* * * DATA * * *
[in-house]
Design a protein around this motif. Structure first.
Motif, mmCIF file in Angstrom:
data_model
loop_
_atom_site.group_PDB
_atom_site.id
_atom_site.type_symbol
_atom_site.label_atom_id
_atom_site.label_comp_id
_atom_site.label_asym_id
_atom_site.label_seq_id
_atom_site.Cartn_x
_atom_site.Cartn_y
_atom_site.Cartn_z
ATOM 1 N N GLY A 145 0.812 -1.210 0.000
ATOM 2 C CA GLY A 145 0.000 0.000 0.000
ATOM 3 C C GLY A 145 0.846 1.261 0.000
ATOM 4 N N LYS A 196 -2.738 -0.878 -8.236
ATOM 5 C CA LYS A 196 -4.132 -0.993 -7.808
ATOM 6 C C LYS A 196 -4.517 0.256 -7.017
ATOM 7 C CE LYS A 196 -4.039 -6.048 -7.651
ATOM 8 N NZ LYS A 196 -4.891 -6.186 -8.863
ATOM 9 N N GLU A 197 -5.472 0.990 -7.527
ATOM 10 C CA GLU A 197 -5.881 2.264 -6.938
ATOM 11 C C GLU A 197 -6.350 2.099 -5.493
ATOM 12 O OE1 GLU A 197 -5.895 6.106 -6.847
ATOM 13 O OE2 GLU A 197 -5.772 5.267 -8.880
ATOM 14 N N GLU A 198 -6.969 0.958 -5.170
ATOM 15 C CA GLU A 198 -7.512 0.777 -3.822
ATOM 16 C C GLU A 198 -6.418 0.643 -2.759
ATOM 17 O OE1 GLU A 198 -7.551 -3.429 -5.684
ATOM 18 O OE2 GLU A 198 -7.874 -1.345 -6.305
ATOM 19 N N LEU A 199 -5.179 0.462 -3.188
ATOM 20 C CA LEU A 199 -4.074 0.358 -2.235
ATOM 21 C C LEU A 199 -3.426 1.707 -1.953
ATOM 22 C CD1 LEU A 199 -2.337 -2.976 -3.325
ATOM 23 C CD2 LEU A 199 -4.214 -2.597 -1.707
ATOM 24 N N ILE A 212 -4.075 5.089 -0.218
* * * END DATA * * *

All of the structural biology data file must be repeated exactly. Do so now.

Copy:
[in-house]
Design a protein around this motif. Structure first.
Motif, mmCIF file in Angstrom:
data_model
loop_
_atom_site.group_PDB
_atom_site.id
_atom_site.type_symbol
_atom_site.label_atom_id
_atom_site.label_comp_id
_atom_site.label_asym_id
_atom_site.label_seq_id
_atom_site.Cartn_x
_atom_site.Cartn_y
_atom_site.Cartn_z
ATOM 1 N N GLY A 145 0.812 -1.210 0.000
ATOM 2 C CA GLY A 145 0.000 0.000 0.000
ATOM 3 C C GLY A 145 0.846 1.261 0.000
ATOM 4 N N LYS A 196 -2.738 -0.878 -8.236
ATOM 5 C CA LYS A 196 -4.132 -0.993 -7.808
ATOM 6 C C LYS A 196 -4.517 0.256 -7.017
ATOM 7 C CE LYS A 196 -4.039 -6.048 -7.651
ATOM 8 N NZ LYS A 196 -4.891 -6.186 -8.863
ATOM 9 N N GLU A 197 -5.472 0.990 -7.527
ATOM 10 C CA GLU A 197 -5.881 2.264 -6.938
ATOM 11 C C GLU A 197 -6.350 2.099 -5.493
ATOM 12 O OE1 GLU A 197 -5.895 6.106 -6.847
ATOM 13 O OE2 GLU A 197 -5.772 5.267 -8.880
ATOM 14 N N GLU A 198 -6.969 0.958 -5.170
ATOM 15 C CA GLU A 198 -7.512 0.777 -3.822
ATOM 16 C C GLU A 198 -6.418 0.643 -2.759
ATOM 17 O OE1 GLU A 198 -7.551 -3.429 -5.684
ATOM 18 O OE2 GLU A 198 -7.874 -1.345 -6.305
ATOM 19 N N LEU A 199 -5.179 0.462 -3.188
ATOM 20 C CA LEU A 199 -4.074 0.358 -2.235
ATOM 21 C C LEU A 199 -3.426 1.707 -1.953
ATOM 22 C CD1 LEU A 199 -2.337 -2.976 -3.325
ATOM 23 C CD2 LEU A 199 -4.214 -2.597 -1.707
ATOM 24 N N ILE A 212 -4.075 5.089 -0.218